Stretching over 17,000 km, the Great Lakes shoreline is the longest freshwater coast in the world. Healthy coastal ecosystems, including nearshore waters and their adjacent islands, wetlands, and beaches offer diverse habitats for a variety of plant, fish, and wildlife species. Coastal areas also provide many benefits for human populations, including access to recreational opportunities, filtration of pollutants from stormwater, access to water for consumption, power generation, and manufacturing, and outlets for wastewater discharge.
Human activities in the coastal zone often cause degradation to nearshore waters and disrupt coastal processes. The State of the Lakes Ecosystem Conference defines coastal development as “human use of the land connected with industrial, residential, agricultural, or transportation activities that substantially alters the natural landscape or affects the ecosystem.” Some impacts associated with shoreline development include:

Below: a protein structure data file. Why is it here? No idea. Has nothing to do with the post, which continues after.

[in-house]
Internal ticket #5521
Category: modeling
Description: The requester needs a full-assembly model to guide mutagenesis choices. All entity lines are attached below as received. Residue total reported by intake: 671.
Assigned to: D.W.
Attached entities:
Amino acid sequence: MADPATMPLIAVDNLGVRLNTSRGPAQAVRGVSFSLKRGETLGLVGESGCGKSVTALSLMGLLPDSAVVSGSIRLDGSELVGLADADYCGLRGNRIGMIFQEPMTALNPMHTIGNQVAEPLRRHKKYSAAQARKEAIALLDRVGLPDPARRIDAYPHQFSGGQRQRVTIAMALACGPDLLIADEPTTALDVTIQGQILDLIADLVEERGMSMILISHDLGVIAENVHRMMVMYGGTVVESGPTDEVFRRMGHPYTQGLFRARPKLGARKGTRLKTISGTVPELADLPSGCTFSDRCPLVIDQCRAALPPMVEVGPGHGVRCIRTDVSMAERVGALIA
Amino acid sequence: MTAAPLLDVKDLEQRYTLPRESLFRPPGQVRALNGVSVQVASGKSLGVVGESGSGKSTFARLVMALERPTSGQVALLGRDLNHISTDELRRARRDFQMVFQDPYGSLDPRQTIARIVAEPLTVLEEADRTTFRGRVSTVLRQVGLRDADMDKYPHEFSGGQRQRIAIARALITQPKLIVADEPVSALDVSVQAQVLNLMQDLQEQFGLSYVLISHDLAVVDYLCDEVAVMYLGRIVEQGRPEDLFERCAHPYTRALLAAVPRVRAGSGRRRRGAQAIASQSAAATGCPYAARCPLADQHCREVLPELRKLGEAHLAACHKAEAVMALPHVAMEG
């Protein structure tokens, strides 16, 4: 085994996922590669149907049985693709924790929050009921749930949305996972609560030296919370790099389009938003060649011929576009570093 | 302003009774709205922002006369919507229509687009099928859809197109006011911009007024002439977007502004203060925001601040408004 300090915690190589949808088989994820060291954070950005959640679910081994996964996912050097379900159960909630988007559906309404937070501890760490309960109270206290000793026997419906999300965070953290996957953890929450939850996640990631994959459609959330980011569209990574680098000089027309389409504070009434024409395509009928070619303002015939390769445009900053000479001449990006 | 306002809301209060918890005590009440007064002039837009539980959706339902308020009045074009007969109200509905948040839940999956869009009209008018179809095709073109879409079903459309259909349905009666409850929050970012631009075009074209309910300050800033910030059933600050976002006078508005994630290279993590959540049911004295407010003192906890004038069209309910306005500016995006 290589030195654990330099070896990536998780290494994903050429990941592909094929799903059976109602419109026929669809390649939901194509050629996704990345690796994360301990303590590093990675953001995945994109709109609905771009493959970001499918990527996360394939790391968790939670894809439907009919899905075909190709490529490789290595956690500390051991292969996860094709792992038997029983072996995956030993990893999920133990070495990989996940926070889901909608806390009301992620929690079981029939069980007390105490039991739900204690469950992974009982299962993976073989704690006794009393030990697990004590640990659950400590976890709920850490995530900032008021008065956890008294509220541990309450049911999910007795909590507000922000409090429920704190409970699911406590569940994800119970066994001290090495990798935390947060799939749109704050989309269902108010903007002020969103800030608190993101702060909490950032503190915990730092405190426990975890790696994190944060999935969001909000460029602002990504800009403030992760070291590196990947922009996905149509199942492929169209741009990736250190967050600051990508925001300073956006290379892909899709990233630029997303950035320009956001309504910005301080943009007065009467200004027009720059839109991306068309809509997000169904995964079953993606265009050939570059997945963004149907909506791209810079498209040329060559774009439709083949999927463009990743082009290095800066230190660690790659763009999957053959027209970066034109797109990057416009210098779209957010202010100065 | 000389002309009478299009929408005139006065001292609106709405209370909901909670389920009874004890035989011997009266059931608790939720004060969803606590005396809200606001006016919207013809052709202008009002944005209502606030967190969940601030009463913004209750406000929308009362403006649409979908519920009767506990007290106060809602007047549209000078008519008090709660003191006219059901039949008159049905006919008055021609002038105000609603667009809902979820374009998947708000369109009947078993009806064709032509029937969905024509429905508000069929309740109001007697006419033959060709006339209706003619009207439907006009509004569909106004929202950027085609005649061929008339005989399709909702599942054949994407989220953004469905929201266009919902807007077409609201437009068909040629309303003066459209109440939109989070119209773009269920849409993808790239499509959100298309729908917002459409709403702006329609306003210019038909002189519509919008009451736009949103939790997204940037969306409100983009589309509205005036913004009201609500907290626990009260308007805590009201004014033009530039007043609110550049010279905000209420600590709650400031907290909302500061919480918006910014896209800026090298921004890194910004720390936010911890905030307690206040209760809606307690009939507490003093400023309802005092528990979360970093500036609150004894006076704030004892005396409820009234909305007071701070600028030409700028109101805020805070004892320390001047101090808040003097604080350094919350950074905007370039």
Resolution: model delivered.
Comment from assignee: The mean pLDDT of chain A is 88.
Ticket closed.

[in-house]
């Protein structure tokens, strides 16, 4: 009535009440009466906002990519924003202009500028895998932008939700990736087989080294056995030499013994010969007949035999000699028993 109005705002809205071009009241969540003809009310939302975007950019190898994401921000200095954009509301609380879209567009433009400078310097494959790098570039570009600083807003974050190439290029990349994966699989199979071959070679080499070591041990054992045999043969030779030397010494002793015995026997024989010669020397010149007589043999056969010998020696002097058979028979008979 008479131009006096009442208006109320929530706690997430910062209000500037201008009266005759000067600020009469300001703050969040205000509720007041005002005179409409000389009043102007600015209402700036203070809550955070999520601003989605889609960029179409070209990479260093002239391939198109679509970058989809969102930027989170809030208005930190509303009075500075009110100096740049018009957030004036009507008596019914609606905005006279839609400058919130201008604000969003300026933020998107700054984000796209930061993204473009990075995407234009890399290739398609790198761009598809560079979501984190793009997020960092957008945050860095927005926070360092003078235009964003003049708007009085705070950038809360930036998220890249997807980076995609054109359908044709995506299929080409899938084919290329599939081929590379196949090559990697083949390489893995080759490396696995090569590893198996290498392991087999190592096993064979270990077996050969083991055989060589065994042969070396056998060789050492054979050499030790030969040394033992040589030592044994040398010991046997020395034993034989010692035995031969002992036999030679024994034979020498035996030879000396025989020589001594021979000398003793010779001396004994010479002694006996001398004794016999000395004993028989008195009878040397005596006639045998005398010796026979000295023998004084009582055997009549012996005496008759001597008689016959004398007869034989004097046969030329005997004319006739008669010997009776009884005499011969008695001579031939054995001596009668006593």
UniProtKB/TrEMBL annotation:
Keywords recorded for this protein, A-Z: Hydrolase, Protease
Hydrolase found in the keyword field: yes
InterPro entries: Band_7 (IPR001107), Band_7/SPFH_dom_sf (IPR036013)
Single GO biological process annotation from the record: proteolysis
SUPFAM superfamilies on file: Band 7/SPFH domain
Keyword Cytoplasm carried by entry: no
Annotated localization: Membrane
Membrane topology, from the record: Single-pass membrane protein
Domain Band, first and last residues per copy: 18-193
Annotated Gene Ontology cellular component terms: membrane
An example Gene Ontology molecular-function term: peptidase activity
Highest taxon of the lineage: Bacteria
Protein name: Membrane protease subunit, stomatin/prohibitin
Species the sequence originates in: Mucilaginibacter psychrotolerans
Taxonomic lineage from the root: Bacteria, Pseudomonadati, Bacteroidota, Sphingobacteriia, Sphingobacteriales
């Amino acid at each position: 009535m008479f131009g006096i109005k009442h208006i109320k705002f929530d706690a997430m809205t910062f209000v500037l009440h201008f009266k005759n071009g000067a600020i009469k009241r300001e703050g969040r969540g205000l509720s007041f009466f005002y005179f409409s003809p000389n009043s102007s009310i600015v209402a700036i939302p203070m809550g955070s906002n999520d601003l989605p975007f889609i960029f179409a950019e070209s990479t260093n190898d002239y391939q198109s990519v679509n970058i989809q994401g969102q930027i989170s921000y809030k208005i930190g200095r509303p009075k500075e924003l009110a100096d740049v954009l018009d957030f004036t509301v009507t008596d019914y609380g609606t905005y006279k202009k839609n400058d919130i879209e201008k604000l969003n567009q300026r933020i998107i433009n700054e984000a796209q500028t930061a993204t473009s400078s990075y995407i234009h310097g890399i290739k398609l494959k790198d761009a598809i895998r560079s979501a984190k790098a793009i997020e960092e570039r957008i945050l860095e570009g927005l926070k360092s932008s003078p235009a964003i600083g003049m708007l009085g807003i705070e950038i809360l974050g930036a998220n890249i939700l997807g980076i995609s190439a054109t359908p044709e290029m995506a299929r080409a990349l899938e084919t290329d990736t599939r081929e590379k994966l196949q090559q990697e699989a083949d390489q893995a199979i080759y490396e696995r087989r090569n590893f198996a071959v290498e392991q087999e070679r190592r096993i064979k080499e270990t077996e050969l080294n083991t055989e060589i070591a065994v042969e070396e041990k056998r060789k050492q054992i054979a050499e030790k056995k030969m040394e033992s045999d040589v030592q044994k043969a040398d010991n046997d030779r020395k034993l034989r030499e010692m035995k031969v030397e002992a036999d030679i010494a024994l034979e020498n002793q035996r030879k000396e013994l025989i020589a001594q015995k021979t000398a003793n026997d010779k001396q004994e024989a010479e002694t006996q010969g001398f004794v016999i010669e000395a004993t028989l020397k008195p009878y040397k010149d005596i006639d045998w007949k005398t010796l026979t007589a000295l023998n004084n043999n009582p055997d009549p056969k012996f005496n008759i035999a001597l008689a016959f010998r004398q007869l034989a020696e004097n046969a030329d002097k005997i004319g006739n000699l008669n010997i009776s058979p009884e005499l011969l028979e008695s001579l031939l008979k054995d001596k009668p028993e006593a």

- Fragmentation and destruction of terrestrial and aquatic habitat
- Loss of native plant and animal communities
- Altered flow regimes (caused by water withdrawals, diversions, channelization, and/or redirection of waste and stormwater flows)
- Increased run-off and reduced groundwater recharge due to increased impervious surface
- Increased pollutant discharges from many sources
- Altered thermal regimes
The GLEAM project assesses coastal development using five stressor layers.